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by the tendency of the human mind, and the yond all doubt the overthrow of Rome by the tide, either of flow or ebb, by which human Goths was the most momentous catastrophe affairs were at the time wafted to and fro. The which has occurred on the earth since the dedesperate struggles of war or of ambition in luge; yet, if we examine either the historians which they were engaged, and in which so of antiquity or the earliest of modern times, much genius and capacity were exerted, are we find it wholly impossible to understand to swept over by the flood of time, and seldom what cause so great a catastrophe had been leave any lasting trace behind. It is the men owing. What gave, in the third and fourth who determine the direction of this tide, who centuries, so prodigious an impulse to the imprint their character on general thought, northern nations, and enabled them, after bewho are the real directors of human affairs; it ing so long repelled by the arms of Rome, is the giants of thought who, in the end, go- finally to prevail over it? What, still more, vern the world. Kings and ministers, princes so completely paralyzed the strength of the and generals, warriors and legislators, are but empire during that period, and produced that the ministers of their blessings or their curses astonishing weakness in the ancient conqueto mankind. But their dominion seldom begins rors of the world, which rendered them the till themselves are mouldering in their graves. easy prey of those whom they had so often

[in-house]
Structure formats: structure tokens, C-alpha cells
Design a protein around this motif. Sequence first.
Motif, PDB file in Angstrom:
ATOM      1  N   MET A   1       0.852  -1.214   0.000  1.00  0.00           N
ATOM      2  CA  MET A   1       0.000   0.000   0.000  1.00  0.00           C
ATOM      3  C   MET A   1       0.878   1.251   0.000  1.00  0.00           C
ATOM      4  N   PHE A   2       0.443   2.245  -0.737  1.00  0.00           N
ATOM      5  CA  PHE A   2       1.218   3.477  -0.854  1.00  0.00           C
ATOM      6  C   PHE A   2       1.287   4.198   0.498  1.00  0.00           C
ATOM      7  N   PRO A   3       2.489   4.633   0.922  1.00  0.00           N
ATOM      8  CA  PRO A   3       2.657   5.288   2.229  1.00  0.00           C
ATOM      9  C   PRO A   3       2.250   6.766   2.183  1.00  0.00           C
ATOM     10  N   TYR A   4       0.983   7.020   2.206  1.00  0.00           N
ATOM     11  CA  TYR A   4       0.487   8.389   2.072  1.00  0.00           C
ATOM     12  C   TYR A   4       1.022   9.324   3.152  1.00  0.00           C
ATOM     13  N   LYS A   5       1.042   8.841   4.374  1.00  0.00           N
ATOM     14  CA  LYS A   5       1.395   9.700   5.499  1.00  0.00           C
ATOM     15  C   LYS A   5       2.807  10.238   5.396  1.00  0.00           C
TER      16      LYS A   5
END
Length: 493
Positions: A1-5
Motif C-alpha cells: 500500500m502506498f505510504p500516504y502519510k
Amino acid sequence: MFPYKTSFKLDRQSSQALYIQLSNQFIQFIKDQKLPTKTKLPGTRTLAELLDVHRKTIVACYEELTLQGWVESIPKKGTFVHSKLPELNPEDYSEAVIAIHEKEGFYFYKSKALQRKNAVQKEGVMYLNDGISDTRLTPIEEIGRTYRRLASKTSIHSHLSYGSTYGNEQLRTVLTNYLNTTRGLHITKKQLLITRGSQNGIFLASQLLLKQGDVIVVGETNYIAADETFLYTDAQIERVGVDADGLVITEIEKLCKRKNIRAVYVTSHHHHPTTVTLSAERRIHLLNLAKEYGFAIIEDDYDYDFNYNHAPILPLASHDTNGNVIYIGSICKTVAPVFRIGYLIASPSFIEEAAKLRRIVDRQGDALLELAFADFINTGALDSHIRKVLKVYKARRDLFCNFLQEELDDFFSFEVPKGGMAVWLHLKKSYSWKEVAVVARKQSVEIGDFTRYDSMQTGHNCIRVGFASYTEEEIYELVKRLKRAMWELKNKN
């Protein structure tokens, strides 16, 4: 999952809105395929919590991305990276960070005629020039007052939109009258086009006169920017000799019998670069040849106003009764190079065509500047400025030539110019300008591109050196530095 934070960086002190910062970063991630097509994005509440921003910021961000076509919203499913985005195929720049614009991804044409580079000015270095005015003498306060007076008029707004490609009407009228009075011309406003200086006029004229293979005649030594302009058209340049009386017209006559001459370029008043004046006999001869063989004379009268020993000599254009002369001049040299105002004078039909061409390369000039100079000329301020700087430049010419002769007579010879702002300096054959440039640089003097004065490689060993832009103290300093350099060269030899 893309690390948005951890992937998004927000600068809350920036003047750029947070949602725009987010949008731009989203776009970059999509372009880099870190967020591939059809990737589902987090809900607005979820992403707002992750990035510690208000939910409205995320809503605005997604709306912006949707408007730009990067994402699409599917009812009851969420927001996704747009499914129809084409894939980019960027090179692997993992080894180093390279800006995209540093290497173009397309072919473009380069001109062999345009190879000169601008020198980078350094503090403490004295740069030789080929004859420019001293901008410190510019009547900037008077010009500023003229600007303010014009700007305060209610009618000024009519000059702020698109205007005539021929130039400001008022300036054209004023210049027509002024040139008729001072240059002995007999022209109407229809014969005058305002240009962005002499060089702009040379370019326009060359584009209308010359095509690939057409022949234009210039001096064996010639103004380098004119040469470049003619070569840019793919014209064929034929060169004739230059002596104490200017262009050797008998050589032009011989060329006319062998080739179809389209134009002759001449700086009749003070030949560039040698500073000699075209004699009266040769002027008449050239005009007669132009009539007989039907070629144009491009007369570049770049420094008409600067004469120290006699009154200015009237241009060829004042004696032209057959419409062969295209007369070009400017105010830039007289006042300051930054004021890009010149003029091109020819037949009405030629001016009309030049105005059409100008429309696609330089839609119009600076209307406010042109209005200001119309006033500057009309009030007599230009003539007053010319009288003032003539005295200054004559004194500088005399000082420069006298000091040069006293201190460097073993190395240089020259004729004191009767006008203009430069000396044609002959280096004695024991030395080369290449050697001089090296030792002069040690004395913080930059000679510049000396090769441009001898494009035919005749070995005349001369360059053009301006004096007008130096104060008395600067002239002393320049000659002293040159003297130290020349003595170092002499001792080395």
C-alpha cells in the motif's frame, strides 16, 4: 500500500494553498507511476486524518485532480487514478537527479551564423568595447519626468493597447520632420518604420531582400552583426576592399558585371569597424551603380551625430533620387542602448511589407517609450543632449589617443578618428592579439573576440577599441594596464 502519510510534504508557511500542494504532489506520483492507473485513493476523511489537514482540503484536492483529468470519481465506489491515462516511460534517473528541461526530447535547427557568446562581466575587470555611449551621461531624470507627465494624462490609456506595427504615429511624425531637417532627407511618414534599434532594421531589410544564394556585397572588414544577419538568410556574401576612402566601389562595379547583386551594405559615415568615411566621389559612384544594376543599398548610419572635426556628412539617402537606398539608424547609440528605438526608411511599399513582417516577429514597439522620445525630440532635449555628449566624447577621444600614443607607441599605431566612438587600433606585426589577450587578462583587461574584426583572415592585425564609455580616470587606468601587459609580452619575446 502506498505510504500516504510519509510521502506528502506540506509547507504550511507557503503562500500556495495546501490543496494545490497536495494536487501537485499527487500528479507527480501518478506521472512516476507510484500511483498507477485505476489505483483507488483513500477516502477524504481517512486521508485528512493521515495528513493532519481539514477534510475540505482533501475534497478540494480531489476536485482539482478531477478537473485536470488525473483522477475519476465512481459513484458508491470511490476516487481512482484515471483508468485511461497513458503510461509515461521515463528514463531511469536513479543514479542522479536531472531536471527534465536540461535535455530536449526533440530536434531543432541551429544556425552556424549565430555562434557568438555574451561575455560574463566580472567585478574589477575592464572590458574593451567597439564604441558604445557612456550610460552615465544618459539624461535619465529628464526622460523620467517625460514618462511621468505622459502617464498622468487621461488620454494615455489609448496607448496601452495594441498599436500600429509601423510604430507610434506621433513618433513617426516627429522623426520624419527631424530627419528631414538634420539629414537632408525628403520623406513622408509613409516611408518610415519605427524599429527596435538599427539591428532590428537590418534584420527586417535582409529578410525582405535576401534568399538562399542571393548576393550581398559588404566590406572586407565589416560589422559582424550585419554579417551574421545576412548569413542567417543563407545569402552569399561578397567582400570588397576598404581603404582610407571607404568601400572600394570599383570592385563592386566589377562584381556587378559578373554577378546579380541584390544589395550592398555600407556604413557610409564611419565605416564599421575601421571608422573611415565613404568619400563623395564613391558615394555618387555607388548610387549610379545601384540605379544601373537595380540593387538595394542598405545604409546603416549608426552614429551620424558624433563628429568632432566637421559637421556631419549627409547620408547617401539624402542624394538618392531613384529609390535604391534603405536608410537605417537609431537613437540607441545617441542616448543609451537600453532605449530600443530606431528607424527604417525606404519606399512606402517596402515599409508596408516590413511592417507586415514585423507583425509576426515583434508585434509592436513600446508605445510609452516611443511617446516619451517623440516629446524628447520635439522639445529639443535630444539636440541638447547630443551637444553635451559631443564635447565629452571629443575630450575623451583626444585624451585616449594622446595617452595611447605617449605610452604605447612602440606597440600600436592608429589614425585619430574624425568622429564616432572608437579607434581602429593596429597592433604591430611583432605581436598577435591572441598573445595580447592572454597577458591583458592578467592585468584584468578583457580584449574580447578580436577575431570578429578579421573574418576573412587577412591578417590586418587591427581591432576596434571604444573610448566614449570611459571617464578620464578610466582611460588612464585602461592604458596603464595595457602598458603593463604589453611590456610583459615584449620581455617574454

Guizot's largest work, in point of size, is subdued? The ancient writers content themhis translation of Gibbon's Rome; and the just selves with saying, that the people became and philosophic spirit in which he viewed the corrupted; that they lost their military coucourse of human affairs, was admirably cal. rage; that the recruiting of the legions, in the culated to provide an antidote to the skeptical free inhabitants of the empire, became imsneers which, in a writer of such genius and possible; and that the semi-barbarous tribes strength of understanding, are at once the on the frontier could not be relied on to upmarvel and the disgrace of that immortal hold its fortunes. But a very little reflection work. He has beguns also a history of the must be sufficient to show that there must English Revolution, to which he was led by have been much more in it than this, before a having been the editor of a valuable collec- race of conquerors was converted into one of tion of Memoirs relating to the great Rebellion, slaves; before the legions fled before the bartranslated into French, in twenty-five volumes. barians, and the strength of the civilized was But this work only got the length of two vo- overthrown by the energy of the savage world. lumes, and came no further down than the For what prevented a revenue from being death of Charles I., an epoch no further on in raised in the third or fourth, as well as the the English than the execution of Louis in the first or second centuries ? Corruption in its French Revolution. This history is clear, worst form had doubtless pervaded the higher sucid, and valuable; but it is written with ranks in Rome from the emperor downward; little eloquence, and has met with no great but these vices are the faults of the exalted success: the author's powers were not of the and the affluent only; they never have, and dramatic, or pictorial kind necessary to paint never will, extend generally to the great body that dreadful story. These were editorial or of the community; for this plain reason, that industrial labours unworthy of Guizot's mind; they are not rich enough to purchase them. it was when he delivered lectures from the But the remarkable thing is, that in the decline chair of history in Paris, that his genius shone of the empire, it was in the lower ranks that forth in its proper sphere and its true lustre. the greatest and most fatal weakness first ap